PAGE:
Wednesday, October 19, 2005

Slavic WIlliamsburg & Greenpoint

The most densely Slavic part of New York City is easily Greenpoint, in Brooklyn. The bulk of the neighborhood is clearly Polish, with the first Polish immigrants arriving around 1890 and founding the monumental St. Stanislaus Kostka Church (607 Humboldt Street at Driggs) in 1896. The building dates from 1903.

The local Polish community – and the church – are so important to the area that Humboldt Street in front of the church is known as Lech Walesa Place, and Driggs Street is called Pope John Paul II Plaza. Another nearby Polish-named landmark is the Kosciuszko Bridge, joining Brooklyn and Queens. Formerly the Meeker Avenue Bridge, it was renamed in honor of Polish patriot Tadeusz Kosciuszko in 1940.

Other Slavic landmarks include the Greek Catholic Church of St. Elias (149 Kent Street between Manhattan Avenue and Franklin Street), and the Polish National Home, better known to local hipsters as the
Warsaw (261 Driggs Avenue).

The nicest Polish bookstore in the area by far is
Ksiegarnia Literacka (161 Java Street). Polish restaurants include Old Poland Bakery and Restaurant (192 Nassau Street), Pod Wierchami (119 Nassau Street), Lomzynianka (646 Manhattan Avenue), Stylowa (694 Manhattan Avenue), Christina's (853 Manhattan Avenue), Polish and Slavic Credit Union (175 Kent Street) and Little Poland (136 Greenpoint Avenue)

On the border of Greenpoint and Williamsburg is one of the most impressive buildings in either neighborhood: the
Russian Orthodox Cathedral of the Transfiguration of Our Lord (228 N.12th Street at Driggs). The church is easily recognizable thanks to its five large copper domes (currently being restored). The church was built between 1916 and 1921, and was modeled after the Moscow Kremlin’s Cathedral of the Dormition. The iconostas within features icons painted by monks from Kiev’s famous Monastery of the Caves. The congregation is largely Carpatho-Rusyn, and the parish priest, Very Rev. Wiaczeslaw Krawczuk, is Belarusian.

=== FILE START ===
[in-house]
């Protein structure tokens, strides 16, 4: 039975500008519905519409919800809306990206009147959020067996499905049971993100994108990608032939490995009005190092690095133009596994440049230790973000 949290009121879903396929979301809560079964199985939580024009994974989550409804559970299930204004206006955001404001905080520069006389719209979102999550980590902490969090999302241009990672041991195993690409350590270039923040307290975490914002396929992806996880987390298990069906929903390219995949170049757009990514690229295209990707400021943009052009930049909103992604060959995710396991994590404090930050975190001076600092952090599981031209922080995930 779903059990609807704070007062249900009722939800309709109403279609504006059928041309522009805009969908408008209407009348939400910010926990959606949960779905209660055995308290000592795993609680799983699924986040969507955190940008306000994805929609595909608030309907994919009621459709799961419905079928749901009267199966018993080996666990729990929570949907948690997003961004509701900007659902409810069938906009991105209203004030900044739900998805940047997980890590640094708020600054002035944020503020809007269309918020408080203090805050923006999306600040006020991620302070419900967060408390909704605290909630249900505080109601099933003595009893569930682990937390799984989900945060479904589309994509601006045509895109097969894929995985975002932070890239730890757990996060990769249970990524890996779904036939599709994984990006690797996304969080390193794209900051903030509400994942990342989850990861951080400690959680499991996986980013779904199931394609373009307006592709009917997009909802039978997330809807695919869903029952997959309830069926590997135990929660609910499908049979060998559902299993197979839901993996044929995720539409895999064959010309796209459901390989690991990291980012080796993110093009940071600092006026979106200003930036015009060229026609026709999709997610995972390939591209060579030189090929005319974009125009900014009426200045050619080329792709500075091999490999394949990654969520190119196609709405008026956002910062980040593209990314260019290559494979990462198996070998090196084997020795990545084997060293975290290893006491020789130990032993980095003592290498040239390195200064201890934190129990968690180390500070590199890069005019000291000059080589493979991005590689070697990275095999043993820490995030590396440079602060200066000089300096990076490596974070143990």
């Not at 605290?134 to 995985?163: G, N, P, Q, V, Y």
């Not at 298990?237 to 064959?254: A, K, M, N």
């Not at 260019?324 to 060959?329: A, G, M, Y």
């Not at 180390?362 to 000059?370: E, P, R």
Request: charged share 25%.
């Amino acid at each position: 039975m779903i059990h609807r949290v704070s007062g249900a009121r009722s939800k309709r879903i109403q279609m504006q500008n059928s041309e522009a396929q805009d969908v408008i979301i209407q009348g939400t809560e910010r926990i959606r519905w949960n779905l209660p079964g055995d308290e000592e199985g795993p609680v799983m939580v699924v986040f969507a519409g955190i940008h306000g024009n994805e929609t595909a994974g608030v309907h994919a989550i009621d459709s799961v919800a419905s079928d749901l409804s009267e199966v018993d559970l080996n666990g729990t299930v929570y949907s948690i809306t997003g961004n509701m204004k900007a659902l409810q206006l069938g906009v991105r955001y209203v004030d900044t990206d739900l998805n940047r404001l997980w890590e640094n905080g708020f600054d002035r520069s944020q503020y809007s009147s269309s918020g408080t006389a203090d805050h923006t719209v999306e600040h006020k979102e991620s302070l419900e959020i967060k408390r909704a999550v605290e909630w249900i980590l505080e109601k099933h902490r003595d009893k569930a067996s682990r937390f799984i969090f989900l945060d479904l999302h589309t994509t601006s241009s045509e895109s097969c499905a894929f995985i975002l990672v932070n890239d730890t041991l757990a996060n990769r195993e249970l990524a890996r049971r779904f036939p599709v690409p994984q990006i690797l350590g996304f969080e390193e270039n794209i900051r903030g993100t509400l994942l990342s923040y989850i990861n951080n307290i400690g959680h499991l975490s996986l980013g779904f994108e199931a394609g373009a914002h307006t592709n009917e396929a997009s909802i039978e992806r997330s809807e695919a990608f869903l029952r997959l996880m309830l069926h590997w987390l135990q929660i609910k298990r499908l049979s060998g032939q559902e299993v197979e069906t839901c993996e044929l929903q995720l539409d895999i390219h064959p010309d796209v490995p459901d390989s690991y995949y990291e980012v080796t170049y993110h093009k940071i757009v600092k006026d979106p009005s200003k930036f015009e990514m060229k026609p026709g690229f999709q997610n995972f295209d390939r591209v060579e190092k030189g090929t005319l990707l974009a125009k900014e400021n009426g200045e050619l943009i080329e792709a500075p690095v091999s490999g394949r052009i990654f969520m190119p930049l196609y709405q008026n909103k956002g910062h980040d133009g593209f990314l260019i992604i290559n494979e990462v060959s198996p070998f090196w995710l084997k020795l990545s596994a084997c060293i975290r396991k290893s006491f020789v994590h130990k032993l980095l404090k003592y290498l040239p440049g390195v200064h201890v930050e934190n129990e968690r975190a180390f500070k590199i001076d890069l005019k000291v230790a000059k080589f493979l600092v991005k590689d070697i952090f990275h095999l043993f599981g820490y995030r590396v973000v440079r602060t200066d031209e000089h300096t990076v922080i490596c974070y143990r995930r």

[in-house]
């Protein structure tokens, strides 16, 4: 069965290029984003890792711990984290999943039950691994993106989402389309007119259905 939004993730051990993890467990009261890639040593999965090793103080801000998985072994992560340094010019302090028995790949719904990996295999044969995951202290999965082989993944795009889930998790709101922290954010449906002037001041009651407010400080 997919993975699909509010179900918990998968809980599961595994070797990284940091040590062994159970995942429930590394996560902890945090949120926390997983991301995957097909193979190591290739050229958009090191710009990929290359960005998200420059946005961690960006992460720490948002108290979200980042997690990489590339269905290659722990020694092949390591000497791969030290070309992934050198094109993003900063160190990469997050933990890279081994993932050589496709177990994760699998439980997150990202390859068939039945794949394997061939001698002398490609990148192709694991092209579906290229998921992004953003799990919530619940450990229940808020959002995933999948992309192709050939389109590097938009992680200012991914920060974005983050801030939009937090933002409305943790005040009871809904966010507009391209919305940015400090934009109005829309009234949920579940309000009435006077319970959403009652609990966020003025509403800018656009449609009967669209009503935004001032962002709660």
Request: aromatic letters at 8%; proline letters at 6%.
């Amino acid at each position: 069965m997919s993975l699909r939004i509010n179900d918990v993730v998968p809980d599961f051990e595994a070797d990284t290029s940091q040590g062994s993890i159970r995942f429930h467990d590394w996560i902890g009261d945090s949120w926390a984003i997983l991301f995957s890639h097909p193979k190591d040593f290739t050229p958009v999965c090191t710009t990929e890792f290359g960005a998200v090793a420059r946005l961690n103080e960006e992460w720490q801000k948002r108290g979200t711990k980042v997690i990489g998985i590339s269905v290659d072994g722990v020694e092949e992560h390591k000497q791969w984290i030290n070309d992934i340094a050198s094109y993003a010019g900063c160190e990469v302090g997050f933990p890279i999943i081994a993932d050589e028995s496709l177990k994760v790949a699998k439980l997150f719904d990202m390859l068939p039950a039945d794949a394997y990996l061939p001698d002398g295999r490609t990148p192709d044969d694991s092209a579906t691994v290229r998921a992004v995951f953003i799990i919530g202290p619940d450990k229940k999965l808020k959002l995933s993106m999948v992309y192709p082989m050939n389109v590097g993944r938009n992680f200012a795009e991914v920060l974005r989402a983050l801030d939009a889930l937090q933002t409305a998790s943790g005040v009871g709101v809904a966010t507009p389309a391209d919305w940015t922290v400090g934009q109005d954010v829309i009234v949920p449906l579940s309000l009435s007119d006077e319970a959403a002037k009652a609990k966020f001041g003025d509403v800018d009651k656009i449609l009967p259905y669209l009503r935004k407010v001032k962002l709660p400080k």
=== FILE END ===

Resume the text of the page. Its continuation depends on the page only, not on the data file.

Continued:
Williamsburg, just south of Greenpoint, is also not lacking in Slavic sites. The most important is easily the Holy Trinity Church of the Ukrainian Autocephalic Orthodox Church in Exile (117-185 S.5th Street at New Street), which occupies a landmark building built in 1906 as the main branch of the Williamsburg Trust Company. It served in that capacity just a few years, until 1911, and then was abandoned until 1928 when it became a courthouse. The Ukrainians took it over in the 1960s.

Sources of information about Poles in Greenpoint include
Search for Polonia by Kari Levinson and Sally Valentin and If You're Thinking of Living In/Greenpoint; An Inviting Area, Once You Get There by Dulcie Leimbach in the New York Times. For information about the small Polish presence in Queens, try Polish In Queens:Never Afraid To Work Hard For Their Dreams by Tamara Hartman.

For info on Transfiguration Cathedral, check out
At Russian Orthodox Church in Williamsburg; Restoring the Cupolas Of a Landmark Cathedral in the New York Times, From Russia With Love - The story of Brooklyn's most beautiful cathedral from and the church’s listing in the OCA directory of parishes.

(Photo: (top) St. Stanislaus from Forgotten New York; (bottom) Transfiguration Cathedral by Jason Kempin, from

1 comment:

James Edmunds said...

Very informative, thanks! I was in Greenpoint last week and was struck by the Polish presence, and happy to have learned more here.